I am living my own version of Groundhog’s Day.
At my first treatment, my nurse told me to keep a diary of my symptoms because they were going to be similar each time I did a course. I loved this idea as I am a planner from way back. Every treatment would be exactly the same and I would have no icky surprises to worry about!
Well obviously that’s an exaggeration. While the courses have been very similar, each one comes with it’s own unique road. So let’s play some catch up (I’ve already done four treatments!) and I can show you some of my chemo style and tips for each treatment I did.
Treatment 2: Don’t believe everything you read in Star Magazine
When I was a little girl, my grandmother had a subscription to Star Magazine. The flimsy paper pages lay piled in a basket by her bed and I couldn’t wait to lock myself in her room and dive into the Style section or the latest celebrity gossip. But the one section that always bothered me was the horoscopes. Now to be honest, I’ve never put much stock in the “stars” so it wasn’t the actual readings that gave me pause. It was my sign. Because of my July 23rd birthday falling on the cusp, I found myself in a section that was less than desirable for me: Cancer. “What an icky word for a sign,” I always thought. To be labeled a crab was bad enough but to add the name of an ominous illness felt like drawing the short end of the stick. And furthermore, the descriptions never seemed to fit me. So even though I never used the horoscopes to plan my life, I always felt mismatched with my fates.
Years later, I finally stumbled upon another publication revealed my cusp birthday actually puts me in Leo territory. “Warm, action-oriented and driven by the desire to be loved and admired, the Leo have an air of royalty about them. They love to be in the limelight, which is why many of them make a career in the performing arts. The Lions are always admired for their kindness and helpful nature. Big-hearted that they are, the Leo graciously showers love and affection on people. While they demand loyalty from the people associated with them, the Leos themselves are also loyal and trustworthy individuals.” This was all sounding pretty spot on. Of course there were negatives as well: “The Leos are opinionated and headstrong, and it takes a lot of convincing to make them change their stance. The Leo wants to be in control of situations and expect people to follow them. Their dominating nature may not go down well with everyone.They want to get things done and over with as soon as possible. But their impatience leads them to unnecessary anxiety and even failures and disappointments.” I suddenly felt like my position in the cosmos was starting to make sense. A performer who is fiercely loyal and loves her mane: check! Some impatience and strong will: Yup! I eagerly accepted my destiny as a Leo and never looked back.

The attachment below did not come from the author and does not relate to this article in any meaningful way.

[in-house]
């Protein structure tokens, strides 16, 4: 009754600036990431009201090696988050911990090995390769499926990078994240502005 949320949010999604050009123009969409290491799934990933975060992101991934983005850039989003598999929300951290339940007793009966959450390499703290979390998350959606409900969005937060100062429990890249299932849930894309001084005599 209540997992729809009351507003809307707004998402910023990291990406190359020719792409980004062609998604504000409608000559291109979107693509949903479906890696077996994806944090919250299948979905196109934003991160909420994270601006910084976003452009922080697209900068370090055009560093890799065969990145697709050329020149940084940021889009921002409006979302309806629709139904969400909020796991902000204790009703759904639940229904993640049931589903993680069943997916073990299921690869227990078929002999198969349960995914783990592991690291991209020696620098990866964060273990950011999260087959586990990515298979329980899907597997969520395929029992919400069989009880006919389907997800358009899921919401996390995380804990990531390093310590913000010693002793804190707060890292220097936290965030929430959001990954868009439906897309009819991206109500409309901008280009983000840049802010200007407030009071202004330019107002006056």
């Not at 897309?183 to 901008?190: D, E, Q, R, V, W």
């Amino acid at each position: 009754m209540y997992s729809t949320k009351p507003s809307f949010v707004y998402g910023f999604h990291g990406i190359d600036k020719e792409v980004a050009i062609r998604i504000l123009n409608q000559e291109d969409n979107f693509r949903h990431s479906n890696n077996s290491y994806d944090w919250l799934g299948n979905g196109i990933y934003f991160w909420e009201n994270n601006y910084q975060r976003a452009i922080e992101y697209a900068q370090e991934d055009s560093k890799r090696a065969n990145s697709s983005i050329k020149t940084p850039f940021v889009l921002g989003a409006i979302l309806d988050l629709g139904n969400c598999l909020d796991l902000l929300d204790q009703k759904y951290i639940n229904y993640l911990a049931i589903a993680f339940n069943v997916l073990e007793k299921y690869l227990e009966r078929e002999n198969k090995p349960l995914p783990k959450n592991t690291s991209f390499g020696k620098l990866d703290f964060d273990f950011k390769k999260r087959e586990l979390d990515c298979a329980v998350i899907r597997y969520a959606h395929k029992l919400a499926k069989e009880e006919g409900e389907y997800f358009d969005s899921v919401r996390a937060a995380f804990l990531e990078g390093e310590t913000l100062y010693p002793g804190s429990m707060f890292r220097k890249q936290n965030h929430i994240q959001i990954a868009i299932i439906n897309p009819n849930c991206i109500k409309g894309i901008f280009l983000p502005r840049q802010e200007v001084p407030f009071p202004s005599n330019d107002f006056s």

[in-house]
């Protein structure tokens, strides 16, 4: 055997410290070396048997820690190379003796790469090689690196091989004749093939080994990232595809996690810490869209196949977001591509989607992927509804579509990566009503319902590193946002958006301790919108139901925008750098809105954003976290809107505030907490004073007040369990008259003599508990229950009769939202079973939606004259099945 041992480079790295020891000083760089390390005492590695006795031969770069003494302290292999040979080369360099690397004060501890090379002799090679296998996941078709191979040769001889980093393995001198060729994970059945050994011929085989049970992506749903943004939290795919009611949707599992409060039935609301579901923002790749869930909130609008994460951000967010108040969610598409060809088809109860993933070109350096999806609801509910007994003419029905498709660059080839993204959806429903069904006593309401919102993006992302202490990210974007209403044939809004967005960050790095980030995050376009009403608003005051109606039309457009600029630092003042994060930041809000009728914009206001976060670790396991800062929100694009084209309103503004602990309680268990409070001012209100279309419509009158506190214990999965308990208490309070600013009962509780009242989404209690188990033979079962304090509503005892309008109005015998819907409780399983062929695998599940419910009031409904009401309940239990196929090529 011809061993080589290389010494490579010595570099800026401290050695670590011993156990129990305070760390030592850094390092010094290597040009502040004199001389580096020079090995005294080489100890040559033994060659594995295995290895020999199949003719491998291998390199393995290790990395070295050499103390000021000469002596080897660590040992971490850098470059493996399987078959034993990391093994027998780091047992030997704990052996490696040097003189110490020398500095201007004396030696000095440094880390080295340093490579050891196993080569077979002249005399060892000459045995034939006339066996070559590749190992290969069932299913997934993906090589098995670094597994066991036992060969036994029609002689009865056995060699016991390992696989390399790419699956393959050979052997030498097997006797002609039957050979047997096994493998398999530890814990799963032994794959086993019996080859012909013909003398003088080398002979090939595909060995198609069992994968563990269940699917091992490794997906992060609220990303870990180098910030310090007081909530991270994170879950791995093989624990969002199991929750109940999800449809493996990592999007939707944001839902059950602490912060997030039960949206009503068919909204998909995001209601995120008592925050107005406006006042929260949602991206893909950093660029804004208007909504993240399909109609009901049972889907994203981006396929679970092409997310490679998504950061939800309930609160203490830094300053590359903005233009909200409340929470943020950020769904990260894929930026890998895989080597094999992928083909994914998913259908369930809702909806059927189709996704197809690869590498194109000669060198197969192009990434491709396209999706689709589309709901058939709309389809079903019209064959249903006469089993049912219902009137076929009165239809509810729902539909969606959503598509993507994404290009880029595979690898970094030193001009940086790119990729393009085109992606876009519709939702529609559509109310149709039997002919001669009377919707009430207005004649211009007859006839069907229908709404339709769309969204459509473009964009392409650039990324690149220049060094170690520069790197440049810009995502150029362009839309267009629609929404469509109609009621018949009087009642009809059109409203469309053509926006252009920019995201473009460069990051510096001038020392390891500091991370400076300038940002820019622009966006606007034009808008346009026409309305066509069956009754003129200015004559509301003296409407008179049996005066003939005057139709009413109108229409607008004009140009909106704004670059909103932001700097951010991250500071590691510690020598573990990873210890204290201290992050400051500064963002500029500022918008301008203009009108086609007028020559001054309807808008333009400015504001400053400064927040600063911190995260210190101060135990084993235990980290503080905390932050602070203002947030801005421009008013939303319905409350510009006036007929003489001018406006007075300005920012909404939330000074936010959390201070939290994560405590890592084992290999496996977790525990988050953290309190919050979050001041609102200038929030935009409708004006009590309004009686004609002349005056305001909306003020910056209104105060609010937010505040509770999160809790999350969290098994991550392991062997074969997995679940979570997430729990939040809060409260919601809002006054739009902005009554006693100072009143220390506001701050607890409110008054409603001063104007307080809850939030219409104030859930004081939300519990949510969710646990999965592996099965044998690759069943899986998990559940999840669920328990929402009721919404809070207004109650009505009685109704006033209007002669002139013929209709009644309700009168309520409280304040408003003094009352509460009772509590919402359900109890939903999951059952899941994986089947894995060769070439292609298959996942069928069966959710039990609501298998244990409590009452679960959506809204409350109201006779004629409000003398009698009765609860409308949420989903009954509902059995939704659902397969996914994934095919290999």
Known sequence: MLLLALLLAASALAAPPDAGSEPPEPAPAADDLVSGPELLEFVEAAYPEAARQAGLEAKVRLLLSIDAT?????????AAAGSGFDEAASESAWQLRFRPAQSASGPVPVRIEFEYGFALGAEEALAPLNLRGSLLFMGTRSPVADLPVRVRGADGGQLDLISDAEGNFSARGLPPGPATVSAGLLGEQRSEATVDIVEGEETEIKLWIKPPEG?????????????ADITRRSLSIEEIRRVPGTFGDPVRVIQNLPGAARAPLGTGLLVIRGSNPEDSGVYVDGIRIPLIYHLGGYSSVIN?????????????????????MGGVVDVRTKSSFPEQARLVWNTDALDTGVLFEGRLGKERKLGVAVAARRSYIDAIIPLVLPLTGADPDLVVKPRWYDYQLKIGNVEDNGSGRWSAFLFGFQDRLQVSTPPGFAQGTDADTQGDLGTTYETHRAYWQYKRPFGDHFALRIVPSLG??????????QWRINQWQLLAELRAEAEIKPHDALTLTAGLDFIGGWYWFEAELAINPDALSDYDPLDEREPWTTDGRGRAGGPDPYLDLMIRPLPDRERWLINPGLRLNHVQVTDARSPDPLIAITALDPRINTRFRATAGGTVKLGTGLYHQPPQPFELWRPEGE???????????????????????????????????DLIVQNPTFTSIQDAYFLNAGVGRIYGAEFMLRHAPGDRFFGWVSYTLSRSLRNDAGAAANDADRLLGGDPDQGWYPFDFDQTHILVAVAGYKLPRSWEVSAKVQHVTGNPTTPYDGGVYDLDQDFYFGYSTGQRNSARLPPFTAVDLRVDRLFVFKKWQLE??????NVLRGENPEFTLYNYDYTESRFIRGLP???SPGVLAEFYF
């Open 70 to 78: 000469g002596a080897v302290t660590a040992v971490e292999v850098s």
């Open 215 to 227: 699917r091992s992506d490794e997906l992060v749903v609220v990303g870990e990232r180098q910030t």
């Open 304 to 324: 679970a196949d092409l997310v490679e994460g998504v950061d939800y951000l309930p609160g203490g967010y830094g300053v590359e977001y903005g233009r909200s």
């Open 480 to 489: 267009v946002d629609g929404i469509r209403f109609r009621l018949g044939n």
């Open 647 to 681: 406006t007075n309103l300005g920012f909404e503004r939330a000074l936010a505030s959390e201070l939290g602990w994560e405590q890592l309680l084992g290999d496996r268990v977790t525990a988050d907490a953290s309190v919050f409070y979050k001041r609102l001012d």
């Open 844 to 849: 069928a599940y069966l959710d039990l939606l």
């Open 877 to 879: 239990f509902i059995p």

I guess it turns out you can’t run from Cancer forever. About a week before my second treatment I saw this shirt at H&M and knew I had to have it. A cheeky nod to my “crabby” new life. I’m trying to take the Leo approach to this new phase: headstrong, immovable, and getting it over with quickly! I’m also surrounded by the people who love and admire me so I can’t lose. The shirt seemed to be the admittance that no matter how much you try to change your stars, sometimes there are other plans for you. So here I am, a mane-less Leo with Cancer. Who says you can’t have it all?!
This treatment started very similarly to the last one, even including me flying in from New York at the last second and plopping into the treatment chair. This time, however, I had an unexpected reaction to my chemo drug, Taxotere. I had a hard time breathing and swallowing and quickly developed a rash. We slowed down the drip but come to find out, I am allergic to something in the meds. I wasn’t aware of this, but this chemo comes from the bark of a Yew tree which my body apparently was not a fan of. After we got this sorted, I went back to sleep like last time and was woken up just in time to shuffle on home.
The symptoms came as usual, the nausea and pain, restless nights and general fatigue. I thought I had seen the end of it around 5 days later but that darn Yew tree reared it’s ugly head again. In addition to the reaction I was having, I developed something called hand/foot syndrome. Basically the chemo is making a mad dash out of my body, hence the hair loss and pore cleansing (which I am actually loving). But unfortunately, it’s escaping through my hands and feet as well, basically burning my skin on the way out. My poor feet were bright red with skin falling off them in droves. I spent two days with my little piggies wrapped in ice while my heels were so sore I couldn’t walk. This was an incredibly disheartening time for me since my mobility and energy have been a major saving grace for my optimism. But I lotioned and iced up a storm and after several days rest, I was actually dancing the night away at a wedding with zero pain. In heels no less! I oddly found the heels to be more comfortable since it put the pressure on the balls of my feet instead of the sore part in the back. So sorry, cancer! You tried but you just can’t keep me from Uptown Funk-ing my way through the dance floor. Don’t believe me? Just watch!